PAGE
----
Female smokers more vulnerable to lung disease?

May 18, 2009 Doctors in Norway studied nearly 1,000 patients with chronic pulmonary obstructive disorder, or COPD . Results showed the female patients tended to be younger than the men. They were also more likely to be diagnosed before age 60 even though they smoked less.

That suggests it takes fewer packs of cigarettes to trigger lung damage in women than it does for men.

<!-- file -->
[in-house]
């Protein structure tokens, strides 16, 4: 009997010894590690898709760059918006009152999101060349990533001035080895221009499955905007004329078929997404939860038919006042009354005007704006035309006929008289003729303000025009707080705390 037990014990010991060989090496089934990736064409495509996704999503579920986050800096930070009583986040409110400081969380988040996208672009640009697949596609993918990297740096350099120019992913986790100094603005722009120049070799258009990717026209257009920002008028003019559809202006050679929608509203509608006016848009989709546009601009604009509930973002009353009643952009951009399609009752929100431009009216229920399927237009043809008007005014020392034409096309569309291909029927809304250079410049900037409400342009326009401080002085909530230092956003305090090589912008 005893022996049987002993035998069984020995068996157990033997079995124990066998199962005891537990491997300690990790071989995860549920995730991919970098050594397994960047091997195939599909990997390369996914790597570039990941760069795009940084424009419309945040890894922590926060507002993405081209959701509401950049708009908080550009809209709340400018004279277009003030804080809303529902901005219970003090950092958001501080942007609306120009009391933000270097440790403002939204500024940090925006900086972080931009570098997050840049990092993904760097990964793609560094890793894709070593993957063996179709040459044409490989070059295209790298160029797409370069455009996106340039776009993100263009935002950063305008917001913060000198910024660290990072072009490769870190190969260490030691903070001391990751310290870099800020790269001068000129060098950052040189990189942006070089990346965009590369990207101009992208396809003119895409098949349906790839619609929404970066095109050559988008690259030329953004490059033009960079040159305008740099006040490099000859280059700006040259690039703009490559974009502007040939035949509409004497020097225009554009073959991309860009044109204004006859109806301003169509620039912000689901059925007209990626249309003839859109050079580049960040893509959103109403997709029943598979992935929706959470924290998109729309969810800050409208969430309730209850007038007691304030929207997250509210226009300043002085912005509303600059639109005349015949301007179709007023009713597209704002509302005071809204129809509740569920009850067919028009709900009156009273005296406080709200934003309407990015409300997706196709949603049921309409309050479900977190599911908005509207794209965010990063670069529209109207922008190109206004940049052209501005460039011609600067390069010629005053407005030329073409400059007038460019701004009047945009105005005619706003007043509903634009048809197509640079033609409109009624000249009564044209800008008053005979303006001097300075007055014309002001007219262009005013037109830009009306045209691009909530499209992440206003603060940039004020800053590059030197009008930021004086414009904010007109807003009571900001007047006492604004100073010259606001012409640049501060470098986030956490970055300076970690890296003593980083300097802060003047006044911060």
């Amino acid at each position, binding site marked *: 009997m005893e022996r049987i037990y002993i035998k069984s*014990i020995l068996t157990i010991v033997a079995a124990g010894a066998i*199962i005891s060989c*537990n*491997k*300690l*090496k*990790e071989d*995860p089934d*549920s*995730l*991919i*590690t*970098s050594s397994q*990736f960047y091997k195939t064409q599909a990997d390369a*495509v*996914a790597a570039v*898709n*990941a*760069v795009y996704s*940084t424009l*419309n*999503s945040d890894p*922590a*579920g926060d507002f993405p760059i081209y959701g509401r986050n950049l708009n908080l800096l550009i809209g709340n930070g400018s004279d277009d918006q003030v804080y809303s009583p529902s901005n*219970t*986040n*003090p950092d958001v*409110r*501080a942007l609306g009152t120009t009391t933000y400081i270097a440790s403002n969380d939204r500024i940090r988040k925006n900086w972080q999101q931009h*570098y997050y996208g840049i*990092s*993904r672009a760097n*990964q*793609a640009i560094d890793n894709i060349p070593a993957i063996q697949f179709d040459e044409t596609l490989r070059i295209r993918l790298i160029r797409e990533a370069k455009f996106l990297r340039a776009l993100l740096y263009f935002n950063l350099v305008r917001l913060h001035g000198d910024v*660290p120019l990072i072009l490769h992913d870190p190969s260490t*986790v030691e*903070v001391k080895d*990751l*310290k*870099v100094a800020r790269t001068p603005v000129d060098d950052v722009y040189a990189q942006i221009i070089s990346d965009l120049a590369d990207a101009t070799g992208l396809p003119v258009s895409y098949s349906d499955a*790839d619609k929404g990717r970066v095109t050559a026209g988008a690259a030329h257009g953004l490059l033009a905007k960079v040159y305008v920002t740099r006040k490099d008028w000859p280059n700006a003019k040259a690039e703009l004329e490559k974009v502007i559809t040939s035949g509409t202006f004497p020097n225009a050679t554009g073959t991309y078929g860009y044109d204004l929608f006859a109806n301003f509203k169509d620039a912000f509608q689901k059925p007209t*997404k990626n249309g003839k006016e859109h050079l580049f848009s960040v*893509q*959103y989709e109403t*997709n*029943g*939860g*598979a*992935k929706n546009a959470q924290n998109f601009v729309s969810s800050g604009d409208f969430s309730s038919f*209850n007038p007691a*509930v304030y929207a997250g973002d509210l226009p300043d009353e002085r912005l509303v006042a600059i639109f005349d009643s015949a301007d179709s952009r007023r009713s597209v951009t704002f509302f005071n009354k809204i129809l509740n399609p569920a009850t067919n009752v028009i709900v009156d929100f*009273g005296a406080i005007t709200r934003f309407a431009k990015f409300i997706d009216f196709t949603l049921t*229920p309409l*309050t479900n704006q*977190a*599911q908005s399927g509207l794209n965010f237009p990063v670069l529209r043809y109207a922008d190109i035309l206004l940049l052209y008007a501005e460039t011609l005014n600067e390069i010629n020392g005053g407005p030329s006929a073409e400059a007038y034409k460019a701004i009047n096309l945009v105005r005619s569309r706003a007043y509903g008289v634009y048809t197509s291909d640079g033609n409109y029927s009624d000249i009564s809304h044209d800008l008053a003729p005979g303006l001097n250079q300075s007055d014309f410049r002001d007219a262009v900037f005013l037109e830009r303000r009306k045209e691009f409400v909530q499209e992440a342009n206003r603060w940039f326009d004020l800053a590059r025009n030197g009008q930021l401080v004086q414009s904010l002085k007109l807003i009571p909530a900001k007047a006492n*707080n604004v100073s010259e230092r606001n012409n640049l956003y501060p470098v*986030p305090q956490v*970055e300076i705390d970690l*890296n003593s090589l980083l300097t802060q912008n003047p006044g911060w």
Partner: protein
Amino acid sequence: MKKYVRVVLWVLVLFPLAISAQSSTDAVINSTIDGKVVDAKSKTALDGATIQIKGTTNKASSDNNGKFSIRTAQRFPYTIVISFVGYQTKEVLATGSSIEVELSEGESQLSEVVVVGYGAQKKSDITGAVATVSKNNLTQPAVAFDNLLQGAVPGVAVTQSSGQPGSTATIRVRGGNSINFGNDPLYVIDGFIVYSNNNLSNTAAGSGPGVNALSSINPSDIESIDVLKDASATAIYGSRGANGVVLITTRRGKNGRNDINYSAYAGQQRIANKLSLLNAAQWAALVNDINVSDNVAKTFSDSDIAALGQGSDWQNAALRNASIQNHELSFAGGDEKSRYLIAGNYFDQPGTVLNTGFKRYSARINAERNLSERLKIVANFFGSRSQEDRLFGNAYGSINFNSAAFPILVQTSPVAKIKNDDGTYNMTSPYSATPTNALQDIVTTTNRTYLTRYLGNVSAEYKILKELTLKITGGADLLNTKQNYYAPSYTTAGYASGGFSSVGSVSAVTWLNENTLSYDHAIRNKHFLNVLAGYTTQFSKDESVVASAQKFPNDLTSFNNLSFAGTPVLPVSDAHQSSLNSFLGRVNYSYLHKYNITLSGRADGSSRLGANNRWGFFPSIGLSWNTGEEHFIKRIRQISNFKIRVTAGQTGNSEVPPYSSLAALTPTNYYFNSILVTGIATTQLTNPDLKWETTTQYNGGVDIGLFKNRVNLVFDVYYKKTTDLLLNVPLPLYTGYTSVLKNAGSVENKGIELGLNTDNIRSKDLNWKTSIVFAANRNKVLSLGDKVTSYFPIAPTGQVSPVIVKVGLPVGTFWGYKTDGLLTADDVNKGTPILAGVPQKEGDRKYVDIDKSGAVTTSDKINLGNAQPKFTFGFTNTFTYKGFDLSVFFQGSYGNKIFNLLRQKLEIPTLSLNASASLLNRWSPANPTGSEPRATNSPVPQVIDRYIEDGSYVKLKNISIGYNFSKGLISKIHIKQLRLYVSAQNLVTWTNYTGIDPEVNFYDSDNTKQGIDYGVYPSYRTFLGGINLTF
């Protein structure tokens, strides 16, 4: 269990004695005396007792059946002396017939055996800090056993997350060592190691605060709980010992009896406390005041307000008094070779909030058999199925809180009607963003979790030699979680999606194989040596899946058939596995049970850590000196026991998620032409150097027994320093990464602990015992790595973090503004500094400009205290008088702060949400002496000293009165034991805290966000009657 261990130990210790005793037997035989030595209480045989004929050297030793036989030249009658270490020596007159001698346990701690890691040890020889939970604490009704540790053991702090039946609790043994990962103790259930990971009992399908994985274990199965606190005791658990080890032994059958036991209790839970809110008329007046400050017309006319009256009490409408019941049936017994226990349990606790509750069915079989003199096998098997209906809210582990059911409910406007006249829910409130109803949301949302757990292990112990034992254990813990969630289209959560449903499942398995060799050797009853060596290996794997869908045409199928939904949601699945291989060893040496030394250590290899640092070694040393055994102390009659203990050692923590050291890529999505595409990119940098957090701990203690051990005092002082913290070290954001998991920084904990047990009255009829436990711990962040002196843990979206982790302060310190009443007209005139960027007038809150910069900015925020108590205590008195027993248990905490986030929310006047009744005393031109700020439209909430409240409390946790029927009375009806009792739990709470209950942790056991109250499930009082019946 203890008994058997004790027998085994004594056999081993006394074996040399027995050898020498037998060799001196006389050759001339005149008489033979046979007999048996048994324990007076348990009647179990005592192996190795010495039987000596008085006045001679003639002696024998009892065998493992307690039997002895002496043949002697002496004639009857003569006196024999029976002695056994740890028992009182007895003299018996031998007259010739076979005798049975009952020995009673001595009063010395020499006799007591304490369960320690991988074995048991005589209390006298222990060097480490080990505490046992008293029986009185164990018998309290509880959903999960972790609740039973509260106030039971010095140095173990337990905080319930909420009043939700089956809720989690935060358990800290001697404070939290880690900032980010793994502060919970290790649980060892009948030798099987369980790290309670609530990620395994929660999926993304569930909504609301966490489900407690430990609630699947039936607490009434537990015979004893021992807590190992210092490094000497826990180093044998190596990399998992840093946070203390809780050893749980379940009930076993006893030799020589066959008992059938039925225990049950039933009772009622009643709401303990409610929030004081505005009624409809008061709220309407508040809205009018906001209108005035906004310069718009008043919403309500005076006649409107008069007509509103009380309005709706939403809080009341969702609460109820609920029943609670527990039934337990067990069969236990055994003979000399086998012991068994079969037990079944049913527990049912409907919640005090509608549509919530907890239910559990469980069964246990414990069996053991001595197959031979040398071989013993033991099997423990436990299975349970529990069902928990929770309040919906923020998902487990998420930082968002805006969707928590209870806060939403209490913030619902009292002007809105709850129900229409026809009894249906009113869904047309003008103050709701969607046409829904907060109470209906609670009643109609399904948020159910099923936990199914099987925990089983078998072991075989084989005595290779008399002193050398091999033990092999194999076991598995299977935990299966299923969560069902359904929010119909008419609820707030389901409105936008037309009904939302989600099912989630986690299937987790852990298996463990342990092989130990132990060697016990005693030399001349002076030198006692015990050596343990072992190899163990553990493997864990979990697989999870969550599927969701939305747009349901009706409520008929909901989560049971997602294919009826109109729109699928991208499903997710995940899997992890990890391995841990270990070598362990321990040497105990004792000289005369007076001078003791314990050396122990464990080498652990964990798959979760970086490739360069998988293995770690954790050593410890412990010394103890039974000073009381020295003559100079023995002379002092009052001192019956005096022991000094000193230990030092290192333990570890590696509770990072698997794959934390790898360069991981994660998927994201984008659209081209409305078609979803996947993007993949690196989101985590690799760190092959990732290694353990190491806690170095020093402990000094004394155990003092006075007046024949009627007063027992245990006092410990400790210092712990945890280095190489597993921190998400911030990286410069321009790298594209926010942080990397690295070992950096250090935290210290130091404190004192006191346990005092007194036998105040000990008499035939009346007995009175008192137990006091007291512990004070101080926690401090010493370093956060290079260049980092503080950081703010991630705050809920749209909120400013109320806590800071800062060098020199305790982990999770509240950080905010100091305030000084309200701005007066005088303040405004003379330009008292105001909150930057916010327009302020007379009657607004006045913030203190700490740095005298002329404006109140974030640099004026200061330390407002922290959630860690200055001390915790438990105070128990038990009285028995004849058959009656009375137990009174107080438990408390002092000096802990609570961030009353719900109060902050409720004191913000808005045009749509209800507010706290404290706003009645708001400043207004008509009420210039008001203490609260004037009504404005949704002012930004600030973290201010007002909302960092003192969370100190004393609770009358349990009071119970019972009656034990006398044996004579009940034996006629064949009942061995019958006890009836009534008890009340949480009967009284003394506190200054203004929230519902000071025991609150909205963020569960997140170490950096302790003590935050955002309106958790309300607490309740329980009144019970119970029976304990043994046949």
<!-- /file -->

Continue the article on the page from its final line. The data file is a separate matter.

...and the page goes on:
There are a couple possible reasons for this. One theory is women have smaller airways and they metabolize chemicals in smoke at a different rate. Differences in gender or hormones may also play a role.

This research was just presented at the American Thoracic Society meeting in California.

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